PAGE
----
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Microsoft Posts Critical Patch for IE Ahead of Regular Schedule

Microsoft on Wednesday released a security patch for the critical Internet Explorer flaw that was being exploited through compromised Web banner servers.

Microsoft considered the flaw, which has been public for about a month, important enough to release the patch ahead of its normal patching day, which falls on Dec. 14 this month.

Microsoft released the patch in security bulletin MS04-040, a cumulative patch for Internet Explorer that replaces a previous cumulative IE update included with MS04-038.

The flaw affects Internet Explorer 6.0, but not IE 5.0 or IE 5.5. Microsoft also says that IE 6.0 users are unaffected by the vulnerability if they have Windows XP Service Pack 2 installed or are using the version of the browser that shipped with Windows Server 2003.

The flaw results from an unchecked buffer in IE that processes certain HTML elements such as FRAME and IFRAME. The vulnerability has been referred to by others as the IFRAME vulnerability. Microsoft is officially calling the vulnerability the "HTML Elements Vulnerability."

If the victim is logged on as an administrator, an attacker can use the flaw to take complete control of the user's system over the Internet.

The security bulletin is available at www.microsoft.com/technet/security/bulletin/ms04-040.mspx.

Microsoft's bulletin acknowledges that the vulnerability was publicly disclosed and was being exploited already. Most security bulletins from Microsoft and other vendors are the first public disclosure of a problem and give end users in effect a grace period of a day or two to test and apply the patch before attackers begin exploiting it.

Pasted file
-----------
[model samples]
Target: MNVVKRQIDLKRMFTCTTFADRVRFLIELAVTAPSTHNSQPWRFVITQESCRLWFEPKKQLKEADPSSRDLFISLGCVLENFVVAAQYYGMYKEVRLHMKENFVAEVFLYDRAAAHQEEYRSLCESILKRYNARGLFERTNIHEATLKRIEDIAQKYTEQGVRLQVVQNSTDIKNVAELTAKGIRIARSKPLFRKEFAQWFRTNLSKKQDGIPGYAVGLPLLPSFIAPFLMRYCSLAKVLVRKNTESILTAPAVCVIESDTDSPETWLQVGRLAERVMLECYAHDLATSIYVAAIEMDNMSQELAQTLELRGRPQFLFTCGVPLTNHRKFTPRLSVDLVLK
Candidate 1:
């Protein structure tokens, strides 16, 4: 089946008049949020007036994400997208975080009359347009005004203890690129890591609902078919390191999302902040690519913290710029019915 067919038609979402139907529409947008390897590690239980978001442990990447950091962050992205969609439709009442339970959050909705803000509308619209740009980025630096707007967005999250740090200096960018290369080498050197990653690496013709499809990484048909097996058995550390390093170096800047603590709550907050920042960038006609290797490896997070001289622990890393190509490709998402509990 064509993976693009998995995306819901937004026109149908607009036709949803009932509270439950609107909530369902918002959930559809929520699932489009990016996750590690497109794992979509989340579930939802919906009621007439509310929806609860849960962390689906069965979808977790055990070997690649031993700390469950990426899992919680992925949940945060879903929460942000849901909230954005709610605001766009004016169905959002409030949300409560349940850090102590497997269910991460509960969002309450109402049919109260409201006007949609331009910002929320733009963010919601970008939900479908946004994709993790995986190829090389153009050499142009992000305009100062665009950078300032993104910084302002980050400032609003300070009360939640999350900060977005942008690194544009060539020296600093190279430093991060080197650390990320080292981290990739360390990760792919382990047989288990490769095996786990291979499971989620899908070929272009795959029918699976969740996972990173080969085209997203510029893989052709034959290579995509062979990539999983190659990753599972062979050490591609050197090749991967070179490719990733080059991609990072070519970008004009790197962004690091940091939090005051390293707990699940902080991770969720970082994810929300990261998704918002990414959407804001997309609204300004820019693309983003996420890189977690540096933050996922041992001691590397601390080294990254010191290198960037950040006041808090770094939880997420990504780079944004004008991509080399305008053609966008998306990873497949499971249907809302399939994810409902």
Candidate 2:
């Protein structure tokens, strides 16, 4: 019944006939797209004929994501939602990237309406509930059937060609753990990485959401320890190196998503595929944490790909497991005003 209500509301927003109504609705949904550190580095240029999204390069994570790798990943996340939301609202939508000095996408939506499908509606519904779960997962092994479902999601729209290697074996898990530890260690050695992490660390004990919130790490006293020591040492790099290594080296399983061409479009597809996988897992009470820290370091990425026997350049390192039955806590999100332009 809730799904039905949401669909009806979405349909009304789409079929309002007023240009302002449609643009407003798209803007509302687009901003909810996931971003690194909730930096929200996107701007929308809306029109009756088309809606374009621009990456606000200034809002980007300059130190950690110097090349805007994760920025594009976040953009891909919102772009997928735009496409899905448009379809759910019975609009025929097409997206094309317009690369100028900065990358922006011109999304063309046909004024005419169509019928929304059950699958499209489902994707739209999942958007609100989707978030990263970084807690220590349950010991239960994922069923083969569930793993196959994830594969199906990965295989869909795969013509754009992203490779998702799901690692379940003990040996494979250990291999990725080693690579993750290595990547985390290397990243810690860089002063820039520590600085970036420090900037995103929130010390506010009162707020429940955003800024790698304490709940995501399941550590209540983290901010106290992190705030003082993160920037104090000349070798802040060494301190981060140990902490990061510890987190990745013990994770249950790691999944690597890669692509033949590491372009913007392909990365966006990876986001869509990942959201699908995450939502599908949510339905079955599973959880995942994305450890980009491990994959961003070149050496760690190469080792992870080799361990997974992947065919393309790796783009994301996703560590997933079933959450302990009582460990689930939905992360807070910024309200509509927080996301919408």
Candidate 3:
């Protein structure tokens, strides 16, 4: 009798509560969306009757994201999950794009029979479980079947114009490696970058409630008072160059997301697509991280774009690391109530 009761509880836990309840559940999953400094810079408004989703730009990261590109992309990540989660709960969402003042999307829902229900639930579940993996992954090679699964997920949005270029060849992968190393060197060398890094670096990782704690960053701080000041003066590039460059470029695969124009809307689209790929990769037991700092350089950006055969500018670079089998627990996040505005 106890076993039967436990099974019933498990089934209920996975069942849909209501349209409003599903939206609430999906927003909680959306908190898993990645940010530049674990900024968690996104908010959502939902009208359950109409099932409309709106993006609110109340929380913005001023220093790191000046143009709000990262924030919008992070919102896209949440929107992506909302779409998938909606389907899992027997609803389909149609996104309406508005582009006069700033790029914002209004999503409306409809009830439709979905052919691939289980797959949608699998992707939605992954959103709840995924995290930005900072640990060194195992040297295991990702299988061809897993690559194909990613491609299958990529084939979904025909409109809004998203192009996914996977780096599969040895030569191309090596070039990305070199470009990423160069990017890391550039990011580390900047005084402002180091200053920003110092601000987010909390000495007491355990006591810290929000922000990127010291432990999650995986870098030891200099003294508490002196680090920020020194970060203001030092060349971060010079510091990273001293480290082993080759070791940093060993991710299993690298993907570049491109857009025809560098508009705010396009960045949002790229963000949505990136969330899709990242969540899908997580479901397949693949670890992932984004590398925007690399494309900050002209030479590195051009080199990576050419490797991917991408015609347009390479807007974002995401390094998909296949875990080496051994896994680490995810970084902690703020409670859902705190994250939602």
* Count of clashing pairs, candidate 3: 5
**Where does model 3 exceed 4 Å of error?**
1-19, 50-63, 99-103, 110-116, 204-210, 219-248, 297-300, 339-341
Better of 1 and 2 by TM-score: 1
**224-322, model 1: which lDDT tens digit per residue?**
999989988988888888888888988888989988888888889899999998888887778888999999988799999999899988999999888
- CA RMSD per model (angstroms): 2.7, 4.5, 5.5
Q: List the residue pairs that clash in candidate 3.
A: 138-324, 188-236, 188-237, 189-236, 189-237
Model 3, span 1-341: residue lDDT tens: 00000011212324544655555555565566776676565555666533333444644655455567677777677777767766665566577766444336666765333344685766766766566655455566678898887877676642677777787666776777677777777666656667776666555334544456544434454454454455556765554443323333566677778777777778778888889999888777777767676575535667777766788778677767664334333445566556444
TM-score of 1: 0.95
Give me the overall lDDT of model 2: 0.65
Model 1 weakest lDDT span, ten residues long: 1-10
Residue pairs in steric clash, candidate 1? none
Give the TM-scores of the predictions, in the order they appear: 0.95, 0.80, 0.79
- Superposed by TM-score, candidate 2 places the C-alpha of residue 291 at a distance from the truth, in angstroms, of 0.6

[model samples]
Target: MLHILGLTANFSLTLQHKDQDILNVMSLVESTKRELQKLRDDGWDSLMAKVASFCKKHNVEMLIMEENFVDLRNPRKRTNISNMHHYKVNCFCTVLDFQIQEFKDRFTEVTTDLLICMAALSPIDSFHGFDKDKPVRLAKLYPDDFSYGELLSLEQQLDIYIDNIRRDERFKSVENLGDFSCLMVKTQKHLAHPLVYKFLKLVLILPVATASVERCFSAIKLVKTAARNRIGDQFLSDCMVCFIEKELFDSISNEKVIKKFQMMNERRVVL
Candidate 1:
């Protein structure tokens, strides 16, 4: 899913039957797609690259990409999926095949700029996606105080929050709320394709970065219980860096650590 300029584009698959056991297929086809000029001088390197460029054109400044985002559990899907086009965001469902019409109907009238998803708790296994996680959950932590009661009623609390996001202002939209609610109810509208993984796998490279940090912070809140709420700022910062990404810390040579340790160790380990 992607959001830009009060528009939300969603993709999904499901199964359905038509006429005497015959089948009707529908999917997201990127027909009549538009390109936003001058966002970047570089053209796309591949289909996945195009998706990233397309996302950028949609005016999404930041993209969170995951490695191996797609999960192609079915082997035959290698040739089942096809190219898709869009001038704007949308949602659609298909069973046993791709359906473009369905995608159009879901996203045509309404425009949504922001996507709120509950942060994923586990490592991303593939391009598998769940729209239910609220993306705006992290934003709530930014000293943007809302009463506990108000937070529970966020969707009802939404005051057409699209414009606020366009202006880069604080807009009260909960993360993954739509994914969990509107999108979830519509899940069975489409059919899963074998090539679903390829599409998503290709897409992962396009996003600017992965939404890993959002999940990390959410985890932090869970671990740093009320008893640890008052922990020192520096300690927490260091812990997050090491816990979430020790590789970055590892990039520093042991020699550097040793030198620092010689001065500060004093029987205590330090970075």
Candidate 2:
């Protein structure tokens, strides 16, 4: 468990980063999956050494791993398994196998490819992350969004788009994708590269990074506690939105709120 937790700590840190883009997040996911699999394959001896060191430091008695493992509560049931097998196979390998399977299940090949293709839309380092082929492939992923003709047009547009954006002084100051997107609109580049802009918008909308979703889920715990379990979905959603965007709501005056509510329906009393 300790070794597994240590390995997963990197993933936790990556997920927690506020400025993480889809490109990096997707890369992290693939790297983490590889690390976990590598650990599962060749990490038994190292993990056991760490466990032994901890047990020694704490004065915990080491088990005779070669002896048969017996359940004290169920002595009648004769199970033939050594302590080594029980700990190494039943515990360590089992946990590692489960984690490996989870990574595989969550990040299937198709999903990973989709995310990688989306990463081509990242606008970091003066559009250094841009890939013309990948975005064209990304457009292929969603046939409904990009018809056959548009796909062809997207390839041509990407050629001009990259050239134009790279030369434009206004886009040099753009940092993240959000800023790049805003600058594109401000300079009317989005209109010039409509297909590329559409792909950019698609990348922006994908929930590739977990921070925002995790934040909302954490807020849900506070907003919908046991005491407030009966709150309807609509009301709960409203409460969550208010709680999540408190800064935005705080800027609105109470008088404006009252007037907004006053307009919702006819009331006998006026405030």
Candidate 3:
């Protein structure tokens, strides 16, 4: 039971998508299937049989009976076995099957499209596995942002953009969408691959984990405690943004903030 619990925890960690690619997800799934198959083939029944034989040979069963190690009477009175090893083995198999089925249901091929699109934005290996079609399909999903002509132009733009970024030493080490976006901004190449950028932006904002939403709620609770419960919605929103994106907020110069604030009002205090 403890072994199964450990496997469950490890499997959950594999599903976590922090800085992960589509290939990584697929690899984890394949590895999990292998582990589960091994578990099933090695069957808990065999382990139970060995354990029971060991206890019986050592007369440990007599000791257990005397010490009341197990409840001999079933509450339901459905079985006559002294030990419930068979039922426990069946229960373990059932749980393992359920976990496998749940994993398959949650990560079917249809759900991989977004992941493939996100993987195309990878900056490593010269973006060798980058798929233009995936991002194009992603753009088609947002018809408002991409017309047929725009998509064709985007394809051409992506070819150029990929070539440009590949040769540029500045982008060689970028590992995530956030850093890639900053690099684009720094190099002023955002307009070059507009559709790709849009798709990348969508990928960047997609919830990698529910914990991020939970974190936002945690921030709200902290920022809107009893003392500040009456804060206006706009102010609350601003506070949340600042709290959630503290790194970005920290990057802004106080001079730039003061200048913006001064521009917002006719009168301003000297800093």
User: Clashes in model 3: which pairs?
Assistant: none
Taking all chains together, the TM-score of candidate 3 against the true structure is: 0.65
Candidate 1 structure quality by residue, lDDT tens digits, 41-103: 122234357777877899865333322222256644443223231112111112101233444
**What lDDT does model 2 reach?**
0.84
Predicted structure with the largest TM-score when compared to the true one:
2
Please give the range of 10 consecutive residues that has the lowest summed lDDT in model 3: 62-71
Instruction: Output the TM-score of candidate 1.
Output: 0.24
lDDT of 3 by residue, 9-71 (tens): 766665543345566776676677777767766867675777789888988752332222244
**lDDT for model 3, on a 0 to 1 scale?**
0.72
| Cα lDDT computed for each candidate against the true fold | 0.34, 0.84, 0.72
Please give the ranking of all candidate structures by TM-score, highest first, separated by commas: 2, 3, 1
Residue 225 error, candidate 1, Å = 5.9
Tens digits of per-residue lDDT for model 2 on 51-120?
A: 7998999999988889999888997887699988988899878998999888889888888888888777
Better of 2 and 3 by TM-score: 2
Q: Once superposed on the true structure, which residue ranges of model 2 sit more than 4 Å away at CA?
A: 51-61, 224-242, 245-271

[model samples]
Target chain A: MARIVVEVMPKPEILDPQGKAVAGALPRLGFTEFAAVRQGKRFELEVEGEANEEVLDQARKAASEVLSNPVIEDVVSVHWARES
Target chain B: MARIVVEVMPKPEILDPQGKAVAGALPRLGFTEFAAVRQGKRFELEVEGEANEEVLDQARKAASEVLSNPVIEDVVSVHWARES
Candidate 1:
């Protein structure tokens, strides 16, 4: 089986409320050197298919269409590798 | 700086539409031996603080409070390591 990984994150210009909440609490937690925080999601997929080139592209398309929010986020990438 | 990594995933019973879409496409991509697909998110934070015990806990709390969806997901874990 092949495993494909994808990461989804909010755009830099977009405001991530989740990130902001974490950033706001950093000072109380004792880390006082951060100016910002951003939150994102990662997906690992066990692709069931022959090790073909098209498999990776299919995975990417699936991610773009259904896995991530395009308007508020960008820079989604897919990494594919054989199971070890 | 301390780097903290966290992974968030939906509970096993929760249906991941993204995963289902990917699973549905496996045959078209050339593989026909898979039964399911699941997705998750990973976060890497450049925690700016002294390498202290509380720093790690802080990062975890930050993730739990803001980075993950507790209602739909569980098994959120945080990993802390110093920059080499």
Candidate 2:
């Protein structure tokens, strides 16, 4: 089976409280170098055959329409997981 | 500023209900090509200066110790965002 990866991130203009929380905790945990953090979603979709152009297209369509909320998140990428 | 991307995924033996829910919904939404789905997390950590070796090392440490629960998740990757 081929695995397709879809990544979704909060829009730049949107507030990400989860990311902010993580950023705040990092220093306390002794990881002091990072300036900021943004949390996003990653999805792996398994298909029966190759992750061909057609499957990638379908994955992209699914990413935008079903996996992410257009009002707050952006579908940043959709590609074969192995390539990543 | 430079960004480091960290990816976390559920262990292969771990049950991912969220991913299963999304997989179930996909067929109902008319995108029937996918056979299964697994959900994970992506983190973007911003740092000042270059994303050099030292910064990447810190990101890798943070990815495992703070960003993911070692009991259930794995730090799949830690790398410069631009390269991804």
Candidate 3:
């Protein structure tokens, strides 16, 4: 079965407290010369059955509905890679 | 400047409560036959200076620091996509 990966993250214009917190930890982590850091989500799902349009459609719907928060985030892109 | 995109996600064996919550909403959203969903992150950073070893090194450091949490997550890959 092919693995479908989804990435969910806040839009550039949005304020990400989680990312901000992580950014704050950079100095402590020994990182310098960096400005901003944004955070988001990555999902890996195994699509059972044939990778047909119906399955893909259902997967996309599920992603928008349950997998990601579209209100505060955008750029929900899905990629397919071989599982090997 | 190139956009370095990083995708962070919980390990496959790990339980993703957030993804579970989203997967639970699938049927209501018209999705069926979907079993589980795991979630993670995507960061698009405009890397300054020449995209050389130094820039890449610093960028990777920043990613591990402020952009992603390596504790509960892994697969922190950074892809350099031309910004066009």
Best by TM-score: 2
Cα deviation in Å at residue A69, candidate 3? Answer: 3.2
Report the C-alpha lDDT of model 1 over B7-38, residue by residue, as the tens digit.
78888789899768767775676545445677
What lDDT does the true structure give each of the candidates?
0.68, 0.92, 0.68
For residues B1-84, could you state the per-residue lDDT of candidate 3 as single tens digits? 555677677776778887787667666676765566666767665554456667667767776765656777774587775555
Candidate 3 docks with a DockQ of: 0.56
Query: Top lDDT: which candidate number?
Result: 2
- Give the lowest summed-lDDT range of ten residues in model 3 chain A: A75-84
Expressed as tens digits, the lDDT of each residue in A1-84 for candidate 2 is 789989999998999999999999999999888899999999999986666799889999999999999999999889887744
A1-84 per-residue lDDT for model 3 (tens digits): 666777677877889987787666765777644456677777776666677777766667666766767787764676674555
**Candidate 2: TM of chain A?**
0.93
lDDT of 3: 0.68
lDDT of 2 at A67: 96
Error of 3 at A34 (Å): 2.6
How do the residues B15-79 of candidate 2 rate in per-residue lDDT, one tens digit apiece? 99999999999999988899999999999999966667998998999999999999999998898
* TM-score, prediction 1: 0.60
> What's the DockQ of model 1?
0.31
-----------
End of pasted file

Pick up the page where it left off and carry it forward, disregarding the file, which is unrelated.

Public reports of the IFRAME or HTML Elements vulnerability began appearing in early November. US-CERT posted a vulnerability note about the problem on Nov. 3. By Nov. 21, the security firm LURHQ documented several sites that were using the vulnerability to compromise end-user systems with adware and trojans. The group warned that banner ads were being used to exploit the flaw to compromise systems. "The sites … are being rotated frequently and are not just small, unknown sites -- one of the hacked sites included a well-known Hollywood film studio's website," a LURHQ statement said.

Underscoring the importance of the patch is that it is only the fourth time Microsoft has issued a patch outside of its monthly patching day since instituting the process more than a year ago. The other out-of-band releases also involved unpatched flaws in Internet Explorer that were being exploited by attackers.

About the Author

Scott Bekker is editor in chief of Redmond Channel Partner magazine.

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